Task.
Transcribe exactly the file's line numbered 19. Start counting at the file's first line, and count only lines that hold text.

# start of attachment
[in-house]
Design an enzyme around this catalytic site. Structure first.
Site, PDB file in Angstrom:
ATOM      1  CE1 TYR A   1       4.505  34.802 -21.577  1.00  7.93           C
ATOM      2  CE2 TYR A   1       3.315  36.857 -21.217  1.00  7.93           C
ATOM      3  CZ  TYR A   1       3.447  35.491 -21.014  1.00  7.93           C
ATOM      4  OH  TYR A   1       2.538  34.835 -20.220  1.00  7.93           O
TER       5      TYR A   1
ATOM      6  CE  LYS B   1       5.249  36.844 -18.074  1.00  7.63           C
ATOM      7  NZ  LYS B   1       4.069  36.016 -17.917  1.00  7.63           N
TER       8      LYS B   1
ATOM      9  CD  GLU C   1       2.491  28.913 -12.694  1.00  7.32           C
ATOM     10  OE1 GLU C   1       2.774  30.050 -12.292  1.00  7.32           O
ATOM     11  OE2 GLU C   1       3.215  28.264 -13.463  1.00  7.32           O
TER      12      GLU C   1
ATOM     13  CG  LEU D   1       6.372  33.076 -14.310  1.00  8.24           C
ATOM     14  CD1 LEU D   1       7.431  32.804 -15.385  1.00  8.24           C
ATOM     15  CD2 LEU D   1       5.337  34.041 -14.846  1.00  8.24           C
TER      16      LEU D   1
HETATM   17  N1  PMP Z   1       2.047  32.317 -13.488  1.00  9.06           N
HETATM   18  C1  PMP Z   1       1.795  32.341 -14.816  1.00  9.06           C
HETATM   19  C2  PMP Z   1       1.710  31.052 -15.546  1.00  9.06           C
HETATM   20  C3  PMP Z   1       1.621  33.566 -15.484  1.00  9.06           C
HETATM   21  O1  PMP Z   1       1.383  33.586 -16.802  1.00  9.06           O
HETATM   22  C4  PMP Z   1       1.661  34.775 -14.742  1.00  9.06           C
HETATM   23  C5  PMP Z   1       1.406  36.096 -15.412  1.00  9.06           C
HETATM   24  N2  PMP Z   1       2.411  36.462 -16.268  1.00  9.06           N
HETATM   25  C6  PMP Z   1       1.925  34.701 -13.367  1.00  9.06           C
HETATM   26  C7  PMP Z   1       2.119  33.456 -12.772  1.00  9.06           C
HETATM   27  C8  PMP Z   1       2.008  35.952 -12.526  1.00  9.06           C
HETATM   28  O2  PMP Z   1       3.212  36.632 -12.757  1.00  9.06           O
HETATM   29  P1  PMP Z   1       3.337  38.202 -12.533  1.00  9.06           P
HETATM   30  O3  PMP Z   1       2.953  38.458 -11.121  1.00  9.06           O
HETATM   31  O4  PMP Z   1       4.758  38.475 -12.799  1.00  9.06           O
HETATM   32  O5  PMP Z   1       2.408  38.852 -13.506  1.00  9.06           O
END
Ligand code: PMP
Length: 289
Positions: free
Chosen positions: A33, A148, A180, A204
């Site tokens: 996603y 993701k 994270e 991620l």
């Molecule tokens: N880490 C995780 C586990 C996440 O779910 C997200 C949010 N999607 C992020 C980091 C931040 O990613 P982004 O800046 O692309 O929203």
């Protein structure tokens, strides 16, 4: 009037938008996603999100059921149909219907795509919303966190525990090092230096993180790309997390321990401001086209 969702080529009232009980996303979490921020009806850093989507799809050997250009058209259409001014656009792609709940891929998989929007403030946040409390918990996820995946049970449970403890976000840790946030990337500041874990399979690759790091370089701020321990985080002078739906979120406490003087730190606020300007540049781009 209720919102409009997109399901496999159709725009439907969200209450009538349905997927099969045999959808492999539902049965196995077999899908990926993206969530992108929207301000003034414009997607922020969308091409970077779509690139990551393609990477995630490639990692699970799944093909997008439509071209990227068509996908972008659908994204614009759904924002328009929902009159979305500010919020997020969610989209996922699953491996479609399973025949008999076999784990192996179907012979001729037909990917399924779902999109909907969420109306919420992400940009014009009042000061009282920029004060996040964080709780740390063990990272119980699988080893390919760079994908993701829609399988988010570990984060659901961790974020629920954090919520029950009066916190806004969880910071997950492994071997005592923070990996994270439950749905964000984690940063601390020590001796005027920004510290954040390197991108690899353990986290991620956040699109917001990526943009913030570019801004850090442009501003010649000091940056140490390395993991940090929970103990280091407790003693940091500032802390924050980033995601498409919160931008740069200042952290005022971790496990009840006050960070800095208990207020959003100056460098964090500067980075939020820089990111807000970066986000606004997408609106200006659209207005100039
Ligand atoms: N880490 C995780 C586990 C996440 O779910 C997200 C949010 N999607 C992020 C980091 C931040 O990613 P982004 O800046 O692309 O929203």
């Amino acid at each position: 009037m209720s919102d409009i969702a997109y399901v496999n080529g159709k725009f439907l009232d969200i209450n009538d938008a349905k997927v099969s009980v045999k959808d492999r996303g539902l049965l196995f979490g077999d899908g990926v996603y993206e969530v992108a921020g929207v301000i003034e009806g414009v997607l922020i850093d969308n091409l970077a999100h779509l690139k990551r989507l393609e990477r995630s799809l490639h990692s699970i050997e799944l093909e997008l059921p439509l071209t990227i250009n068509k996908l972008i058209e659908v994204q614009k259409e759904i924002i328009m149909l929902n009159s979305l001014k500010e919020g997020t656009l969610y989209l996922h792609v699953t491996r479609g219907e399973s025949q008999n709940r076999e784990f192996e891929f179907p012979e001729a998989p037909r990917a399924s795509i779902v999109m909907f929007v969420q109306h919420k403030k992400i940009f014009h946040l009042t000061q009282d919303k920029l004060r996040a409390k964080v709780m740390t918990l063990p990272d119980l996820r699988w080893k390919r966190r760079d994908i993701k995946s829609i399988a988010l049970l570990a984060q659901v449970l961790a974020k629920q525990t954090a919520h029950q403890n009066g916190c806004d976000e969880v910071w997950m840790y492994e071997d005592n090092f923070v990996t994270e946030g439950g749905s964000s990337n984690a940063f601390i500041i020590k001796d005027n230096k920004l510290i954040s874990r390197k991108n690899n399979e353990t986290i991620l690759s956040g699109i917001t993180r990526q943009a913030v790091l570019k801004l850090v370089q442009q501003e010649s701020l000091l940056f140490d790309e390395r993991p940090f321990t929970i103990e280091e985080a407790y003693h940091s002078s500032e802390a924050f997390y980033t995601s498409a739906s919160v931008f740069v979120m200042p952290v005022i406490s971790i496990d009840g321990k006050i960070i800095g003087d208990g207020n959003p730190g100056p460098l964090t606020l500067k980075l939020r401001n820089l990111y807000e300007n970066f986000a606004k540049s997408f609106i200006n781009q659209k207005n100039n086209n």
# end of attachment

TER      16      LEU D   1